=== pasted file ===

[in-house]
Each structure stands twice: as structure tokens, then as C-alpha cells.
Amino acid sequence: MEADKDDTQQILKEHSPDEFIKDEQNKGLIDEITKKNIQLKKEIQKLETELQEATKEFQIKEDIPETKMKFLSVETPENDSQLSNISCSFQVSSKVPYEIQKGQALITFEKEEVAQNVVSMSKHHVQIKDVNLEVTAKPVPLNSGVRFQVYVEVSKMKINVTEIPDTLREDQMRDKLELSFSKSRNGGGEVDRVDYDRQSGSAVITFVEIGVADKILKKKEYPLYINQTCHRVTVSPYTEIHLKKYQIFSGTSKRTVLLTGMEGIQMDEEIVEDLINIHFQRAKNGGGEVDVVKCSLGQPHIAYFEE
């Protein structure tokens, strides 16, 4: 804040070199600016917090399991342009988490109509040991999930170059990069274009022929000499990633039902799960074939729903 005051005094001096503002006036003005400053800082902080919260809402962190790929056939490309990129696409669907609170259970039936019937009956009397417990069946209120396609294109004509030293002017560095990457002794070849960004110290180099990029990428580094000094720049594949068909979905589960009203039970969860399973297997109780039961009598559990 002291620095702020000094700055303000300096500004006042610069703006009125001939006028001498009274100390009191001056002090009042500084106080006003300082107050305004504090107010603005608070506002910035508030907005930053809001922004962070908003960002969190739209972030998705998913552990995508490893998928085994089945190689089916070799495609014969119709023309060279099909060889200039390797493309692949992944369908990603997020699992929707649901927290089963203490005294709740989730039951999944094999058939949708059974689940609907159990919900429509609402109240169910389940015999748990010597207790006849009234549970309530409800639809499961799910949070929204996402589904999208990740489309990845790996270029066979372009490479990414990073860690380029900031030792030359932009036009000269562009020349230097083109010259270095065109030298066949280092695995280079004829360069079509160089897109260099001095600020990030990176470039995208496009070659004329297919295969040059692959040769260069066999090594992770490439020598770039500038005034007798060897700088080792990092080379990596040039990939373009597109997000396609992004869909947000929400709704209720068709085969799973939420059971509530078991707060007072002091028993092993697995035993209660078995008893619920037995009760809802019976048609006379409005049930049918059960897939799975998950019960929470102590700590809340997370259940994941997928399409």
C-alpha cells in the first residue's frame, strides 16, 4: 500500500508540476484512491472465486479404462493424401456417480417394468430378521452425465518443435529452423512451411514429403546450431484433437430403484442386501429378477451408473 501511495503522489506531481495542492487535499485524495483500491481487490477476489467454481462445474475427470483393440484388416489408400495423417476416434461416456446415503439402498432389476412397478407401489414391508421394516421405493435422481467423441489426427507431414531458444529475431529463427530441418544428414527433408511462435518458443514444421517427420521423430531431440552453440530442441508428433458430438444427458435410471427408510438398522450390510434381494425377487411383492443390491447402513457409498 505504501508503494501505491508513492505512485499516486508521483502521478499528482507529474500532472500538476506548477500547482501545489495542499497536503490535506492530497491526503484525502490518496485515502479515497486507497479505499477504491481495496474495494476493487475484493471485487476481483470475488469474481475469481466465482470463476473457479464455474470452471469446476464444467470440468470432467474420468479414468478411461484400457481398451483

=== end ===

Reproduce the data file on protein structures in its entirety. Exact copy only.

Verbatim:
[in-house]
Each structure stands twice: as structure tokens, then as C-alpha cells.
Amino acid sequence: MEADKDDTQQILKEHSPDEFIKDEQNKGLIDEITKKNIQLKKEIQKLETELQEATKEFQIKEDIPETKMKFLSVETPENDSQLSNISCSFQVSSKVPYEIQKGQALITFEKEEVAQNVVSMSKHHVQIKDVNLEVTAKPVPLNSGVRFQVYVEVSKMKINVTEIPDTLREDQMRDKLELSFSKSRNGGGEVDRVDYDRQSGSAVITFVEIGVADKILKKKEYPLYINQTCHRVTVSPYTEIHLKKYQIFSGTSKRTVLLTGMEGIQMDEEIVEDLINIHFQRAKNGGGEVDVVKCSLGQPHIAYFEE
């Protein structure tokens, strides 16, 4: 804040070199600016917090399991342009988490109509040991999930170059990069274009022929000499990633039902799960074939729903 005051005094001096503002006036003005400053800082902080919260809402962190790929056939490309990129696409669907609170259970039936019937009956009397417990069946209120396609294109004509030293002017560095990457002794070849960004110290180099990029990428580094000094720049594949068909979905589960009203039970969860399973297997109780039961009598559990 002291620095702020000094700055303000300096500004006042610069703006009125001939006028001498009274100390009191001056002090009042500084106080006003300082107050305004504090107010603005608070506002910035508030907005930053809001922004962070908003960002969190739209972030998705998913552990995508490893998928085994089945190689089916070799495609014969119709023309060279099909060889200039390797493309692949992944369908990603997020699992929707649901927290089963203490005294709740989730039951999944094999058939949708059974689940609907159990919900429509609402109240169910389940015999748990010597207790006849009234549970309530409800639809499961799910949070929204996402589904999208990740489309990845790996270029066979372009490479990414990073860690380029900031030792030359932009036009000269562009020349230097083109010259270095065109030298066949280092695995280079004829360069079509160089897109260099001095600020990030990176470039995208496009070659004329297919295969040059692959040769260069066999090594992770490439020598770039500038005034007798060897700088080792990092080379990596040039990939373009597109997000396609992004869909947000929400709704209720068709085969799973939420059971509530078991707060007072002091028993092993697995035993209660078995008893619920037995009760809802019976048609006379409005049930049918059960897939799975998950019960929470102590700590809340997370259940994941997928399409």
C-alpha cells in the first residue's frame, strides 16, 4: 500500500508540476484512491472465486479404462493424401456417480417394468430378521452425465518443435529452423512451411514429403546450431484433437430403484442386501429378477451408473 501511495503522489506531481495542492487535499485524495483500491481487490477476489467454481462445474475427470483393440484388416489408400495423417476416434461416456446415503439402498432389476412397478407401489414391508421394516421405493435422481467423441489426427507431414531458444529475431529463427530441418544428414527433408511462435518458443514444421517427420521423430531431440552453440530442441508428433458430438444427458435410471427408510438398522450390510434381494425377487411383492443390491447402513457409498 505504501508503494501505491508513492505512485499516486508521483502521478499528482507529474500532472500538476506548477500547482501545489495542499497536503490535506492530497491526503484525502490518496485515502479515497486507497479505499477504491481495496474495494476493487475484493471485487476481483470475488469474481475469481466465482470463476473457479464455474470452471469446476464444467470440468470432467474420468479414468478411461484400457481398451483